Teaching for Authentic Intellectual Work: Standards and Scoring Criteria for Teachers' Tasks, Student Performance, and Instruction (2009) Fred M. Newmann, M. Bruce King, and Dana L. Carmichael
The standards and scoring criteria in this manual are based on years of research and work with teachers in schools. They are intended to help teachers to collaboratively discuss, provide feedback, and improve their practice in ways that will build their common understanding and enhance student learning.
Authentic Intellectual Work: Improving Teaching for Rigorous Learning (2016) Fred M. Newmann, Dana L. Carmichael, and M. Bruce King,
In spite of numerous reforms to improve rigor and relevance in the classroom, our schools have been slow to change. This work provides:
Backed by over 20 years of research, the Authentic Intellectual Work (AIW) framework helps school-based teams improve the quality of instruction, assessment, and curriculum for higher and more equitable student learning.
How Schools and Districts Meet Rigorous Standards Through Authentic Intellectual Work: Lessons From the Field (2016). M. Bruce King, Editor
"Having teachers own the process of evaluation with the lens of AIW as a reflective tool has repeatedly demonstrated teacher learning and growth…The adoption of AIW gives teachers across disciplines a common language and a lens through which they can evaluate and discuss the tasks they ask students to do, the questioning and instructional strategies they use, and most importantly the results as seen in student work. AIW fosters schoolwide collaboration that motivates and pushes teachers to advance their lessons and assessments, which ultimately enhances student learning” (from Chapter 8, If It’s Right for Kids: Evaluations That Promote Teachers’ Learning and Implementation of AIW).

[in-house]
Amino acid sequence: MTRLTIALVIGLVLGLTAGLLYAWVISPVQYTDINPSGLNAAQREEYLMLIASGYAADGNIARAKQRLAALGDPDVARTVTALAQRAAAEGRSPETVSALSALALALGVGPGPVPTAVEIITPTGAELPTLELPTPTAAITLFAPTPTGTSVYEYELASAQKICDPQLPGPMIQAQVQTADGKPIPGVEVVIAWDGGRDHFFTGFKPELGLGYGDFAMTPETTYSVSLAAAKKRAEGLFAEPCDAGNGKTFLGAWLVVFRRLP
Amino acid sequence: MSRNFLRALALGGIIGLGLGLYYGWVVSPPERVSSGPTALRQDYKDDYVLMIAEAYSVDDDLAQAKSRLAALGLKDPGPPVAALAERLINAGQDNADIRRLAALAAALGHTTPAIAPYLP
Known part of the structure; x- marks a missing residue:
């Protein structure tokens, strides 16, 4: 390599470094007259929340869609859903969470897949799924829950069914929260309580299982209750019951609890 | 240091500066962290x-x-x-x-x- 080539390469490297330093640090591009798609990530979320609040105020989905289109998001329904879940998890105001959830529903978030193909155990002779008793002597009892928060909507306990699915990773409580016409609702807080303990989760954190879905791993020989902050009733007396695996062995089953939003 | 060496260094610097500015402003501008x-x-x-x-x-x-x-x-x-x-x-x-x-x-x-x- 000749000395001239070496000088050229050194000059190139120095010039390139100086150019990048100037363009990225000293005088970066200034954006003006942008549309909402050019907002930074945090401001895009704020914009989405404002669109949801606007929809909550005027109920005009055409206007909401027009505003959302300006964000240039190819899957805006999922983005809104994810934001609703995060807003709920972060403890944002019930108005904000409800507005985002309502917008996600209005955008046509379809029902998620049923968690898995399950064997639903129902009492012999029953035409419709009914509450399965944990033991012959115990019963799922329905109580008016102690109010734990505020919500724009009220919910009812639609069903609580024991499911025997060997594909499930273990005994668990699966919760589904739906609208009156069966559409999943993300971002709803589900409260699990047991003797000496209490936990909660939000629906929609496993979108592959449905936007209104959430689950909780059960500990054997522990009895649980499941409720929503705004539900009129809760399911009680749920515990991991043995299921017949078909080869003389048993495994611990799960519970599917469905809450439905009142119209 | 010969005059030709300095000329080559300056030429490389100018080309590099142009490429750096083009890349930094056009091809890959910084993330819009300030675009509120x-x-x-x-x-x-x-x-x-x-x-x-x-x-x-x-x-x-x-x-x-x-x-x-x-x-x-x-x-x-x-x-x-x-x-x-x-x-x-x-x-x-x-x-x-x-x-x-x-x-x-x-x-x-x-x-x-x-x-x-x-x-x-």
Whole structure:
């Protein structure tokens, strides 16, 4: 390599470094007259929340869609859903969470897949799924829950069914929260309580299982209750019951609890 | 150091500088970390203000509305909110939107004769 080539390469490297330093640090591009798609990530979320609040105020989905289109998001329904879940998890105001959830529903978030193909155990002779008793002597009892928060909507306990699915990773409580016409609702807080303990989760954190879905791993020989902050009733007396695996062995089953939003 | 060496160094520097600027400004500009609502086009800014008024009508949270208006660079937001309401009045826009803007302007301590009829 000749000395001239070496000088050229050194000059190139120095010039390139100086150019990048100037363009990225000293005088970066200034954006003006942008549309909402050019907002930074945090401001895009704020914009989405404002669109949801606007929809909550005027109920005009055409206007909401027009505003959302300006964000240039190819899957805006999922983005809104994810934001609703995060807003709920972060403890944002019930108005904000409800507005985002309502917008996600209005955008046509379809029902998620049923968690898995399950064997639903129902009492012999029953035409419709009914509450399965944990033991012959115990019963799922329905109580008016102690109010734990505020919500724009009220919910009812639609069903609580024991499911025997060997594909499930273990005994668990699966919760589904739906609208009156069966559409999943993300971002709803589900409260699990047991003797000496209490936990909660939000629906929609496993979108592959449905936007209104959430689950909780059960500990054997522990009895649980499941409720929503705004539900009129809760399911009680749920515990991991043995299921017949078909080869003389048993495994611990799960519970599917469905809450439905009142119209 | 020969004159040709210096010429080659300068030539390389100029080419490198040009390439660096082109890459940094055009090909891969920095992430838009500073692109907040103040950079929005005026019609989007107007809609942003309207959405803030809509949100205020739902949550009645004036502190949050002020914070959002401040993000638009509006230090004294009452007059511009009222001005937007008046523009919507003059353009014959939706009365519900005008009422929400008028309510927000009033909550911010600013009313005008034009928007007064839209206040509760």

"Measures of student success go beyond standardized test scores to gather information about (AIW) professional development and its impact on instruction. Gathering implementation data, whether through the classroom implementation profiles, the innovation configuration maps, or task–student work correlations, can help leadership determine how professional development impacts instruction and what the gaps are between the two” (from Chapter 9, Transforming Professional Development and Student Learning: Evaluating Impact).